I also remember thinking that in my opinion and many others, Stan Getz was the greatest tenor man that ever lived (even John Coltrane once said “…let’s be honest we would all like to play like him…”). I know that Stan would have been even greater if his alcoholism and tobacco addiction were not active (if that were even possible).
In truth, I do remember one time I went with Dizzy to a gig where he did not hit all the high notes and let James Moody, his alto player, take a few more solos than usual and I quietly thought perhaps it had something to do with the joint he smoked before the gig. In truth, I asked Diz if I could try some and he said if you ever do something so stupid I will tell your dad.
When I was older he did indeed let me try it and I got so paranoid he had to tell my dad who was very irritated, to say the least (but not half as irritated as my Aunt Lorraine – Dizzy’s wife). This will sound ironic but back in “those days” marijuana was considered a mild diversion that most jazz musicians smoked – even Louis Armstrong. And yes this might sound hypocritical but the level of THC is so much higher today that marijuana is a wholly different drug. Yet even back then, as my only experience proved, it probably was even more dangerous than any of us would admit.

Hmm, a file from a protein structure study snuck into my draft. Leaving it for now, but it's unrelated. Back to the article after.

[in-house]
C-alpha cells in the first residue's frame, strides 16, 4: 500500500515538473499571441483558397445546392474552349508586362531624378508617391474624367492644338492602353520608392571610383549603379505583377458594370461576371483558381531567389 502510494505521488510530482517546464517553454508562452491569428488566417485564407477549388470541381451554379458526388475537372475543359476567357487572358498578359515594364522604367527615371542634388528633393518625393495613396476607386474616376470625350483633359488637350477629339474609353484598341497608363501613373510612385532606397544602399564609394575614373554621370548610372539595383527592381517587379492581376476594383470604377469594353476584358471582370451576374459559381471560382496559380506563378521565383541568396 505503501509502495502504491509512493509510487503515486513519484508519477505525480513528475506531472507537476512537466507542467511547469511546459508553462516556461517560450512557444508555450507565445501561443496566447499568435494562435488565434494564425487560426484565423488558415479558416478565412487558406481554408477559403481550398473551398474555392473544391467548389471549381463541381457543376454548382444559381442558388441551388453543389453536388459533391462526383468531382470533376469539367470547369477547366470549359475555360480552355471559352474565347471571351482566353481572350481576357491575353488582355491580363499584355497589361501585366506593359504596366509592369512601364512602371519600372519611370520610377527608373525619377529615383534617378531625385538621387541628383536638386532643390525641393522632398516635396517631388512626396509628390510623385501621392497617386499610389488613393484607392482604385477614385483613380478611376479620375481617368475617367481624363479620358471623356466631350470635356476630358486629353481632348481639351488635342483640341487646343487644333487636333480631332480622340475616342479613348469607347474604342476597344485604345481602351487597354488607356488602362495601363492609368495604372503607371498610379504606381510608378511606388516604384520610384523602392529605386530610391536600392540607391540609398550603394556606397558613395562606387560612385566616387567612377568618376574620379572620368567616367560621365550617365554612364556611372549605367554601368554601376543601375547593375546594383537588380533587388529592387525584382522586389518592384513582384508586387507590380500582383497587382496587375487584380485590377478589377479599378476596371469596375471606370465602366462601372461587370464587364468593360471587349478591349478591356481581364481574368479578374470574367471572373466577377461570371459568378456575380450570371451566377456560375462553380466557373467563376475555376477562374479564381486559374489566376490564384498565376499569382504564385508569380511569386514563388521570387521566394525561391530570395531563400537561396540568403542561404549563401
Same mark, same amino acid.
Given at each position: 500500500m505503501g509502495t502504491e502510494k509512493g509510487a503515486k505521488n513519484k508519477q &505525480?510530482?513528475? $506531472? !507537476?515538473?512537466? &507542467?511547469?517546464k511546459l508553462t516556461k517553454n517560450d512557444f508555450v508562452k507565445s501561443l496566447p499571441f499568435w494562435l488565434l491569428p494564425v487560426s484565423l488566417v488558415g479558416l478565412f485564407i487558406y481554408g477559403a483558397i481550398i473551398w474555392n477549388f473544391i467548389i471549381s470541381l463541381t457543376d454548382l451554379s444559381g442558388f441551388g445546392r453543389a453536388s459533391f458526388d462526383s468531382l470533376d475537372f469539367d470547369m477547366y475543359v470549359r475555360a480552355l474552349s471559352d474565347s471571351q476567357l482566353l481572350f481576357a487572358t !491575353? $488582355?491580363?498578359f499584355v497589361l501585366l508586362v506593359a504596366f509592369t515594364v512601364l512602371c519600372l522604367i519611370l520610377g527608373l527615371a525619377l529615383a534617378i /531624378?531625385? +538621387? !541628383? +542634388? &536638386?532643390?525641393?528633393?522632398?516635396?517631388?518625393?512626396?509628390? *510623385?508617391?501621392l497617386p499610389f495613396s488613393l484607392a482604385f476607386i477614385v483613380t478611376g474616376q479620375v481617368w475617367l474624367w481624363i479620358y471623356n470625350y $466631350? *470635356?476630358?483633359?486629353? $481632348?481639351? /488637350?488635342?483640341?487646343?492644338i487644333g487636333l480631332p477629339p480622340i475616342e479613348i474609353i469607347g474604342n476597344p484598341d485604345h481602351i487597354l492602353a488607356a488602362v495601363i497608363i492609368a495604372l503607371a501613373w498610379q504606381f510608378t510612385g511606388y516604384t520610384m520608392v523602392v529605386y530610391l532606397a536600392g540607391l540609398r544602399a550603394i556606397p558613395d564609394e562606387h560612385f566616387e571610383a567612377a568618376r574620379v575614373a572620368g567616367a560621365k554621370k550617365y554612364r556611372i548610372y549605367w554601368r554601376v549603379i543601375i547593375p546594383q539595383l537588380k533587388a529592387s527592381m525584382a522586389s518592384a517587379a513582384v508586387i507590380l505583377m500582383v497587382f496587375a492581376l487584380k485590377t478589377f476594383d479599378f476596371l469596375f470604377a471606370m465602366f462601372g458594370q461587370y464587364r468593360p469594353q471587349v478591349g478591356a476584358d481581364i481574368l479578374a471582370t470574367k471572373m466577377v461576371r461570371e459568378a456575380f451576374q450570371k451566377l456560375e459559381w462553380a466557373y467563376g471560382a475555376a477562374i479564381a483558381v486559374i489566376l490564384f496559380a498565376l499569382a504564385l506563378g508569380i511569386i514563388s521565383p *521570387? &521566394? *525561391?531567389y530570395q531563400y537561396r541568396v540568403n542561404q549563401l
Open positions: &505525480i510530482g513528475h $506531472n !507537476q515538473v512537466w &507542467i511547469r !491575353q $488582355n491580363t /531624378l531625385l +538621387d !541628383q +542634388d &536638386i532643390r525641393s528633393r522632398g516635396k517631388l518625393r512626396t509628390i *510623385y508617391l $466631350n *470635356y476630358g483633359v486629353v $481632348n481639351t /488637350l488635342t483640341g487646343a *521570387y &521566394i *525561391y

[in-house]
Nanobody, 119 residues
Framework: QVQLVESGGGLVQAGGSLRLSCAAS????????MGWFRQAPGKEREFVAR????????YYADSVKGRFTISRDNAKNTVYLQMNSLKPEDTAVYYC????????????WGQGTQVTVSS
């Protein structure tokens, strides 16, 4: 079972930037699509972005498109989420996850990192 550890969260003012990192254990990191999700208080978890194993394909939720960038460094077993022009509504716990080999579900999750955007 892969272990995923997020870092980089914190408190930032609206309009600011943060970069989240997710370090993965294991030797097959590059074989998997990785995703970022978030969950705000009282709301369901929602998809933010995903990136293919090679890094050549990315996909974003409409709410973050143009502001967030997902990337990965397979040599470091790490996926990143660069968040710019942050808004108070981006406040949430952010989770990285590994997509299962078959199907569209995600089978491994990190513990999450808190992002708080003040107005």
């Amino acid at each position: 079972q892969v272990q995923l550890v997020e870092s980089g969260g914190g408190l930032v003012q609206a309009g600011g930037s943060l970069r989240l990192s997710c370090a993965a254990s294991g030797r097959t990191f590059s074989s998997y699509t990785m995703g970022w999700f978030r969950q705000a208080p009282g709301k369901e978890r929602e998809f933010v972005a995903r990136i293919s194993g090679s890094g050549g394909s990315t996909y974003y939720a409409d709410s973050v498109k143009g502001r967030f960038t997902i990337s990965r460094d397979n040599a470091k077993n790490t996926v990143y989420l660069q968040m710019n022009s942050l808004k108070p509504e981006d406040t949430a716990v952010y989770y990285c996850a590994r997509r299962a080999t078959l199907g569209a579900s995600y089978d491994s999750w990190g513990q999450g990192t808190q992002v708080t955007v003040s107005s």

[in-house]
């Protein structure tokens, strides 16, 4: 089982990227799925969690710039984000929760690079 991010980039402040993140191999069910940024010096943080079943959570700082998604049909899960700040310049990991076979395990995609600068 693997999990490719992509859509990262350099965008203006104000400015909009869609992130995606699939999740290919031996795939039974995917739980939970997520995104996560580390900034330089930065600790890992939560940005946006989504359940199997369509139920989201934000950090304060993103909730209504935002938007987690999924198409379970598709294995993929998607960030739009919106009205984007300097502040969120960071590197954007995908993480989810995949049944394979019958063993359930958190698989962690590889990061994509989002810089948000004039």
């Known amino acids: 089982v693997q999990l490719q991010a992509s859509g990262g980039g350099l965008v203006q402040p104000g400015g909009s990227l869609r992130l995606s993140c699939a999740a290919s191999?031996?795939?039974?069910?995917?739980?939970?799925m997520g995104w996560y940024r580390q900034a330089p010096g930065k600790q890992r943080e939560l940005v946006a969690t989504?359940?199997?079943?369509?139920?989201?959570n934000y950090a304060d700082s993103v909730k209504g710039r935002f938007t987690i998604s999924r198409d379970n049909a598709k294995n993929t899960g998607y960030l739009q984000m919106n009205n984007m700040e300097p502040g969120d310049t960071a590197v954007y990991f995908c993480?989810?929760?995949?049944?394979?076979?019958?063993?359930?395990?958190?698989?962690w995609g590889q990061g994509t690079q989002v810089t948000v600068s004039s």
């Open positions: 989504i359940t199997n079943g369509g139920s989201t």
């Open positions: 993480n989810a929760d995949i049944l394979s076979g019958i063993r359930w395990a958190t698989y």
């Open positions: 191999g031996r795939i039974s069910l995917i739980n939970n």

Stan died at 64 and Dizzy at 75. Both men were superstars in a very difficult profession. I silently thought that Stan went much sooner because of his addictions and Dizzy, a man who certainly was not an addict by any stroke of the imagination, lived a much longer, healthier life and had none of the chaos that goes hand and glove with addiction.
I spoke to Stan many times about addiction and if he thought it harmed his career. He never believed it made him a better player and always said that if he had to do it over again he would have never picked up “junk”. He pointed to Chet Baker, who towards the end of his career was hardly able to play or sing (it was all I could do to say something positive about Chet’s performance on a CD I penned the notes for that he recorded with Stan, who was sober on the session). On Stan’s last recording, “People Time” he was also sober and it was probably his finest work according to many critics.